Expo provides an option to disable Over-the-Air updates (OTA) and provides a nice API to administer Updates yourself. This seems easy at first but can get you in trouble later.
- Expo has had issues whereby the notification of a new Update could continue to flag even after the user has updated, creating an endless reload loop.
- Finding a way to lock the user down to an updated version has lots of pitfalls. What if the very code to determine if the user needs to download the Update is itself broken? You have bricked their app!
- Publish rollbacks do not resolve the above problem because you have already told Expo not to automatically update the app. It has essentially updated itself into oblivion!
- App.json settings can not be rolled back to automatic updates because it is already integrated into the build that is live in the App Store.
- Expo always shows its own error pages, overriding your componentDidCatch. So you couldn’t even provide an escape route or user prompt for a bricked app.
Don’t worry about it! Are updates really that big? If you’re pushing minor updates now and then the download time is minimal. And if you’re doing massive code changes, you’re better off just re-building the app for store publishing. Plus your app is basically an Expo wrapper to begin with, so you’re not really saving that much time for the convenience.
App Store Updates are Still Important
Firstly, app store updates are also meaningless. Assuming you didn’t generally tweak the app.json, you could push out app store versions 1.1, 1.2, and 1.3 and they could all read a single “production” release channel. A single publish would push to all users regardless of version. In Expo, the app.json “version” is your arbitrary versioning scheme, only “sdkVersion” is critical. Meaning it’s marketing fluff for users, much like how Google Play uses versionName vs versionCode.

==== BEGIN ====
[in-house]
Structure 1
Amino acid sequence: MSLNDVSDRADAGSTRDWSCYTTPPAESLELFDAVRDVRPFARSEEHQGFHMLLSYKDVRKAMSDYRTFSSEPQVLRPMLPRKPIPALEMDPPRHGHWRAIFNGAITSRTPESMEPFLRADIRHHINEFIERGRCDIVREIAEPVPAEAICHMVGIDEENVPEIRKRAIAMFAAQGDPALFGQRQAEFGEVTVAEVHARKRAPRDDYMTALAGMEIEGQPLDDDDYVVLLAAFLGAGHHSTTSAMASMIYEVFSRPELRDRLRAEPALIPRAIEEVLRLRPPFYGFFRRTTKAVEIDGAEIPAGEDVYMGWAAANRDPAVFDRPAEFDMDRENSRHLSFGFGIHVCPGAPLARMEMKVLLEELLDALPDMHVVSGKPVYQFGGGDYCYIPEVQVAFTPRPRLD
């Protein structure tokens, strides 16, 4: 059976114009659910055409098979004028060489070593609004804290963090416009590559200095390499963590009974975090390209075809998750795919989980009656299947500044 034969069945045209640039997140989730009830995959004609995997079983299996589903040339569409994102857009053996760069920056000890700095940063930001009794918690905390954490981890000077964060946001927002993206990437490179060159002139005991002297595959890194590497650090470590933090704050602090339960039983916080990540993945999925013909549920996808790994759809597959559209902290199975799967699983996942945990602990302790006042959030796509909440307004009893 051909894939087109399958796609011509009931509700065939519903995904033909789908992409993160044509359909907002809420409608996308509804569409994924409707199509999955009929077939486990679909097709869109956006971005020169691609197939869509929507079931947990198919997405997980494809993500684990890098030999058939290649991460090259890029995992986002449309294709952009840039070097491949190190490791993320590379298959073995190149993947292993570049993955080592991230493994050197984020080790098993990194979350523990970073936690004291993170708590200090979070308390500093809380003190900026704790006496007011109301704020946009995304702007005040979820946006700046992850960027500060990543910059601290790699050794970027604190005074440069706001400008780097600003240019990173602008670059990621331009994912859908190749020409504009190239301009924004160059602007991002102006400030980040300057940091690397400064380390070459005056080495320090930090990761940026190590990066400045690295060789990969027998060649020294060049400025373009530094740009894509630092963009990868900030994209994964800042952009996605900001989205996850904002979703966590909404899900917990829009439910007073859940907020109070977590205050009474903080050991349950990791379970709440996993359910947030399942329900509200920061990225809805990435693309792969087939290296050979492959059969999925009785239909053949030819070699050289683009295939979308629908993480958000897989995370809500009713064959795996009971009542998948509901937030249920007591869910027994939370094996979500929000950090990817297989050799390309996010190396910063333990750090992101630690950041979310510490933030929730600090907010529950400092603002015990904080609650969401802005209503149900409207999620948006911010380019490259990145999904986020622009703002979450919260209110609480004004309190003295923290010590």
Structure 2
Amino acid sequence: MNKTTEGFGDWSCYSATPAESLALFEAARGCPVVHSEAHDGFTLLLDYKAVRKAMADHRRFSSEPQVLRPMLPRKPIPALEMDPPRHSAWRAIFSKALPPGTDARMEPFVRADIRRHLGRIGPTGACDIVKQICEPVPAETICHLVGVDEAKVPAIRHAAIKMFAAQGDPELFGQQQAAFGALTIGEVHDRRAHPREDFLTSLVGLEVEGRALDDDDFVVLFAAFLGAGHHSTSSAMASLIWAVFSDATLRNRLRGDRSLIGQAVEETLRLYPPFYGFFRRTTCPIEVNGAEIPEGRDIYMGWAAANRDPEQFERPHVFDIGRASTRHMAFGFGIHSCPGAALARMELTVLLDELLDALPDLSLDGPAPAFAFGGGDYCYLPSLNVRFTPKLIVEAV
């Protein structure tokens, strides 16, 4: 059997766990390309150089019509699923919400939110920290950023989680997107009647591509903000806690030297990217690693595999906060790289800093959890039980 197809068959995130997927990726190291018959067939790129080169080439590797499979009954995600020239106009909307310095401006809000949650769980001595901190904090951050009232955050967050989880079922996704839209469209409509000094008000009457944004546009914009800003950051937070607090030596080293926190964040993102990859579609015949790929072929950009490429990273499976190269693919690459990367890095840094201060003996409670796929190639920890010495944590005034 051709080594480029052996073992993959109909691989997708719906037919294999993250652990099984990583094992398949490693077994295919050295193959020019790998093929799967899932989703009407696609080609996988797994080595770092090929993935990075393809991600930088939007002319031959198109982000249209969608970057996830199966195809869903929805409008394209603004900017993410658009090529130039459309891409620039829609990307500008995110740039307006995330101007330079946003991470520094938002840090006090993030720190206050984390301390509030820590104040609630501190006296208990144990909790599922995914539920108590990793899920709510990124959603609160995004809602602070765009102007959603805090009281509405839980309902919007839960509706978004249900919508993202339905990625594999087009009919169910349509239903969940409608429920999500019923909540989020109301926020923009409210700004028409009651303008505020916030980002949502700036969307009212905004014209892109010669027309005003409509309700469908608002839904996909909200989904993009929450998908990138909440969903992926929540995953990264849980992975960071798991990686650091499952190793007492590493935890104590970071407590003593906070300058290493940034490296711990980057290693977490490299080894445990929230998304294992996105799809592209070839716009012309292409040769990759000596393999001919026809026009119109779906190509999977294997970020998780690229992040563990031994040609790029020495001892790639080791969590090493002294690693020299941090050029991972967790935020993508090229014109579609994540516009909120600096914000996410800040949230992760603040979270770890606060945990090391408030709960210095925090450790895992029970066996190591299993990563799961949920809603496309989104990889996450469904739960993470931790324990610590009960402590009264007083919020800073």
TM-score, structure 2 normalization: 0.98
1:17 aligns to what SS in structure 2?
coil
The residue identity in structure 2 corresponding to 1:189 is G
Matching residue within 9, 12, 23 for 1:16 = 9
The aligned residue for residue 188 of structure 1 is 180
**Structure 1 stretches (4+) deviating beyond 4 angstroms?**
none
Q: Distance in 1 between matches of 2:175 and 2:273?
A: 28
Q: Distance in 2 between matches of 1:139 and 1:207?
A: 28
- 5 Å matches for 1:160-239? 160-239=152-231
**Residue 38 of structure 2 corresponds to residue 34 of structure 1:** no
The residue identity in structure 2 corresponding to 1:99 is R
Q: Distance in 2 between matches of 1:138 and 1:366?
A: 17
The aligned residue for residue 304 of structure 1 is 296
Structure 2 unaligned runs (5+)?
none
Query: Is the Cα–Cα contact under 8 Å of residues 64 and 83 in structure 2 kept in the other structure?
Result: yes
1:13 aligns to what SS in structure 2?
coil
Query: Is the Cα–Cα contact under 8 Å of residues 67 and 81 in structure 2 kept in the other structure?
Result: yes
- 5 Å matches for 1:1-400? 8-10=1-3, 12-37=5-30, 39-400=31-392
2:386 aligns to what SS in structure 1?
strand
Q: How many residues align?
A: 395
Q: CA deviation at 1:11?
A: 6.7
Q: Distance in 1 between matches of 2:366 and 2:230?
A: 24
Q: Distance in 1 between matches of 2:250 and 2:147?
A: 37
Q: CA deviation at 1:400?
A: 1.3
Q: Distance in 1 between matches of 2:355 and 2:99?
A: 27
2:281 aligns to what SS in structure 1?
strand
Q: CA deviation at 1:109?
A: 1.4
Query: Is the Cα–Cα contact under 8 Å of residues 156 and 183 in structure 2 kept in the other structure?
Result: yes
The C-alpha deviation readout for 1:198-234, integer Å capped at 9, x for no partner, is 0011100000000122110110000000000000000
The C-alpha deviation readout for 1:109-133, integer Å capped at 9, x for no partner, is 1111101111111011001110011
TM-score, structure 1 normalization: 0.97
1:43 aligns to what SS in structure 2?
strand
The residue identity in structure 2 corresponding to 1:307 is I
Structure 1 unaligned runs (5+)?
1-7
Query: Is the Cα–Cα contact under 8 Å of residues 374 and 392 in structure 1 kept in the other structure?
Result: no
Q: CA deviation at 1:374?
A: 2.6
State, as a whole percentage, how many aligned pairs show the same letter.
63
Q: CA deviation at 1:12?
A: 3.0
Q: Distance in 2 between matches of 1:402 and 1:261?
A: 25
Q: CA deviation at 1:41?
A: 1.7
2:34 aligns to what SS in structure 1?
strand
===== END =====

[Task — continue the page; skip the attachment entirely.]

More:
I already noted some use cases by which an app store update is required. However, the magic really comes when we talk about OTA updates that fail. If an OTA update fails, meaning Expo can’t get the newest hottest thing you published, it will automatically fallback to its “bundled” state. This means Expo will serve from cache the app at the time you built it.
When disabling OTA updates and having bundled assets, you basically mimic typical native app development where each version update is a snapshot build. With OTA updates enabled, you still want an emergency cushion if Expo can’t serve the newest stuff. Under the hood, Expo will continue to try and update the user and they should see new stuff on the next app open.
Expo and React Native have definitely solved the problem of fast development and relative ease of delivery. However long-term maintenance and deployment of live code is still an issue. There is for example no UI by which one can easily track release channels or which users are seeing them, you really have to memorize them and provide good analytics reporting. The Expo website is a pretty basic listing of your apps and recent builds.
Overall if your team is investing in React Native over native, this is the platform to go with but do maintain robust internal tracking of your releases.